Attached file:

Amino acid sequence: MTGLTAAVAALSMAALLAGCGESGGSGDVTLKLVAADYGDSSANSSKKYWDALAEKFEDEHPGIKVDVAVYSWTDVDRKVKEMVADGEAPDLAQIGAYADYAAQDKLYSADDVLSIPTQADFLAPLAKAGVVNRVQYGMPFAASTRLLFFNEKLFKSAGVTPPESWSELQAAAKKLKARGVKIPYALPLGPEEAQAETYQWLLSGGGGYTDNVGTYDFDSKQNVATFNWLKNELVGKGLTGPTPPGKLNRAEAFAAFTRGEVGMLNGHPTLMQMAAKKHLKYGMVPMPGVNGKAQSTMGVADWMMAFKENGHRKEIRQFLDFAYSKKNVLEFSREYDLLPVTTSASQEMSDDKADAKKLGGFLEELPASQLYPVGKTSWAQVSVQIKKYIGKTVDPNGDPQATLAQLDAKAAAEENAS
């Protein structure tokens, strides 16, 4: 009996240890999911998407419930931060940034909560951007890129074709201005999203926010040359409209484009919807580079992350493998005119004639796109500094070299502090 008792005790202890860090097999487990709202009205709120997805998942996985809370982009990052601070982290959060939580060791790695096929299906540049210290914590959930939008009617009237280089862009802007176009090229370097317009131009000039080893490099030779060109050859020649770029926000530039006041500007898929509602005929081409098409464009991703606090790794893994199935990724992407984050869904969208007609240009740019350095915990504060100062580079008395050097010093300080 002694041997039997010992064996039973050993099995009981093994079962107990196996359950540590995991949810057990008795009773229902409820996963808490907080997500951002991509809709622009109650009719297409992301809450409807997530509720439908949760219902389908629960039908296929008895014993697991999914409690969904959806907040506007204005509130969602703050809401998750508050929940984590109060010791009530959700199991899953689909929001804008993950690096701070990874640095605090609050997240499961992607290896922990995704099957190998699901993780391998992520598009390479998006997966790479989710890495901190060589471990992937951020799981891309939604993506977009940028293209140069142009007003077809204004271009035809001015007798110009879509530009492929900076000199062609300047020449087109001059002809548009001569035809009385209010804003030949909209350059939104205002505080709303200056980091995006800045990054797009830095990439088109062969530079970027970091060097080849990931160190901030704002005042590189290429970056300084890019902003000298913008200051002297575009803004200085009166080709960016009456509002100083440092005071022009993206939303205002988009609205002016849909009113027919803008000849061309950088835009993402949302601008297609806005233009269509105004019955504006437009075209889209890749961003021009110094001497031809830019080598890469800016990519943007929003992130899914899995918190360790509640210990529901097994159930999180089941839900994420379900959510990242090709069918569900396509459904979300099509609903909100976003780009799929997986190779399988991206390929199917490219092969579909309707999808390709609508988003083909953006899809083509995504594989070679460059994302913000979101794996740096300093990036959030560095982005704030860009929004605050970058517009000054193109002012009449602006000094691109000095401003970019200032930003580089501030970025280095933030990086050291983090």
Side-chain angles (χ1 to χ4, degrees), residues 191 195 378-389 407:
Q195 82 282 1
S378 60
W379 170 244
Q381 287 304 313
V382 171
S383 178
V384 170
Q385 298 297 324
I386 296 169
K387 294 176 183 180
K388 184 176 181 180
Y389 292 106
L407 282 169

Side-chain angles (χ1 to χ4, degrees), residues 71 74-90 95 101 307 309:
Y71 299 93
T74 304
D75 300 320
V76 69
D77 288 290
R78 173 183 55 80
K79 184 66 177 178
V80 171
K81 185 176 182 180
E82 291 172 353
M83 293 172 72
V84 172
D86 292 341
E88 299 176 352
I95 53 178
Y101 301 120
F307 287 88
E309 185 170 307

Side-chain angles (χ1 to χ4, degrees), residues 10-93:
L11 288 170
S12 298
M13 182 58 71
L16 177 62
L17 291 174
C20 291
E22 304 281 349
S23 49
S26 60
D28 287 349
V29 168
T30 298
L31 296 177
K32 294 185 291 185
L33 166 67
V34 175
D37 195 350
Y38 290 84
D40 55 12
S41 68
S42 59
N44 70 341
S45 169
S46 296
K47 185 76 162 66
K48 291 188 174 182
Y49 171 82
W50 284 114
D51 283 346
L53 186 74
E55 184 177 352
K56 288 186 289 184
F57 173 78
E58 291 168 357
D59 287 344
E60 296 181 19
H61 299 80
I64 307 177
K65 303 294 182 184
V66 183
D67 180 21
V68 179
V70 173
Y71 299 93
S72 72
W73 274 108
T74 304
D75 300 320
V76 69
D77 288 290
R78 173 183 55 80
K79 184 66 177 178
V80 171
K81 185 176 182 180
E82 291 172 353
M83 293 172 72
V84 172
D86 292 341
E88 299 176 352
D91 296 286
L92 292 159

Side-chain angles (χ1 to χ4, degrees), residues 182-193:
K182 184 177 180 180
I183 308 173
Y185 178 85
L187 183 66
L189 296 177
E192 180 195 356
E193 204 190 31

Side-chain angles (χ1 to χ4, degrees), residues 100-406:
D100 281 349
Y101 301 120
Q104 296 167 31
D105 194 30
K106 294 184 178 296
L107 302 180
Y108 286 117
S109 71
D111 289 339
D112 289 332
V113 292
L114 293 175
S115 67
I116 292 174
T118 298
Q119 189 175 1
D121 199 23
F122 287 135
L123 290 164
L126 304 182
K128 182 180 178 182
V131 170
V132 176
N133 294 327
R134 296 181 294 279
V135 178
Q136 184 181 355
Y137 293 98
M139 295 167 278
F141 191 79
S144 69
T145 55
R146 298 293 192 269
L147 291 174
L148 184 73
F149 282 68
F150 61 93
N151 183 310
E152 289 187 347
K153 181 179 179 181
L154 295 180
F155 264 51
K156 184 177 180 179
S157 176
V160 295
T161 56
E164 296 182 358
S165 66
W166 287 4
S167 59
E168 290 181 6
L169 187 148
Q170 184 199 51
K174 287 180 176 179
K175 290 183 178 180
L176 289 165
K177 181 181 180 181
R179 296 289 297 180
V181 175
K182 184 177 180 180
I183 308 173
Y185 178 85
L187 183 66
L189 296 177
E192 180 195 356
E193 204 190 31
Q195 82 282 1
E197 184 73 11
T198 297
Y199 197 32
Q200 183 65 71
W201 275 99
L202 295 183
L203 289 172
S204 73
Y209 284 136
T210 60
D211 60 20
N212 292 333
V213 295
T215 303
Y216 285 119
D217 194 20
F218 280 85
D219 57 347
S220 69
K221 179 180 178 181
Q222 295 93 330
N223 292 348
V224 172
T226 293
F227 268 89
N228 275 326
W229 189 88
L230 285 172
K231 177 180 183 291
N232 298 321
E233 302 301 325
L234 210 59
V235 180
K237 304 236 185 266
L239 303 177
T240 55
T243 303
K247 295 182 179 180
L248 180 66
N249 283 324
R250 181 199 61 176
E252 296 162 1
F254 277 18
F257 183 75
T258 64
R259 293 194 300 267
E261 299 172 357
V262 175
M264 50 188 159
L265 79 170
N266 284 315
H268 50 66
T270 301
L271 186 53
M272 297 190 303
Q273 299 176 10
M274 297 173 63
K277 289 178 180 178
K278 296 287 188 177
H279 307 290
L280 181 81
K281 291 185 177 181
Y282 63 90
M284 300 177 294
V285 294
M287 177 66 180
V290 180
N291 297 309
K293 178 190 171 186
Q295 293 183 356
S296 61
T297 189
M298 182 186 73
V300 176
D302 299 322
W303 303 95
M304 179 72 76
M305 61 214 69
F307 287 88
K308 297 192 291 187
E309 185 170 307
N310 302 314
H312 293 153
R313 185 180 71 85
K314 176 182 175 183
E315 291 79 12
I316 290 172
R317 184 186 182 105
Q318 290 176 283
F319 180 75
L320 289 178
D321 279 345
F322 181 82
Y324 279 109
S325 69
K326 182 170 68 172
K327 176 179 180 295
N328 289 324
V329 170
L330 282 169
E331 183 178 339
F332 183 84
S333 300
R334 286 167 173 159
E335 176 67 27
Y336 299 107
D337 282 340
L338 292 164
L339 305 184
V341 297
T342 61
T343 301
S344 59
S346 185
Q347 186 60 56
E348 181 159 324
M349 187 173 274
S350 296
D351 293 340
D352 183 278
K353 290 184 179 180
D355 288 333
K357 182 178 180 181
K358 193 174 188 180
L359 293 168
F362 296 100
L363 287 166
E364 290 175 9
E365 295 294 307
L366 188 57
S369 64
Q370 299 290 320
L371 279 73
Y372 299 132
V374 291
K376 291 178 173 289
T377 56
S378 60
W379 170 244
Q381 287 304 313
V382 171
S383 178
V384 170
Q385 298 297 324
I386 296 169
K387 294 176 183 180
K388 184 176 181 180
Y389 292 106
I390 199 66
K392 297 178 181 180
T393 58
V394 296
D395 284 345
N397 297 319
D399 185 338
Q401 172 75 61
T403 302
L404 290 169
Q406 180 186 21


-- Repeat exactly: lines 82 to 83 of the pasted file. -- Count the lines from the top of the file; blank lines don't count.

W73 274 108
T74 304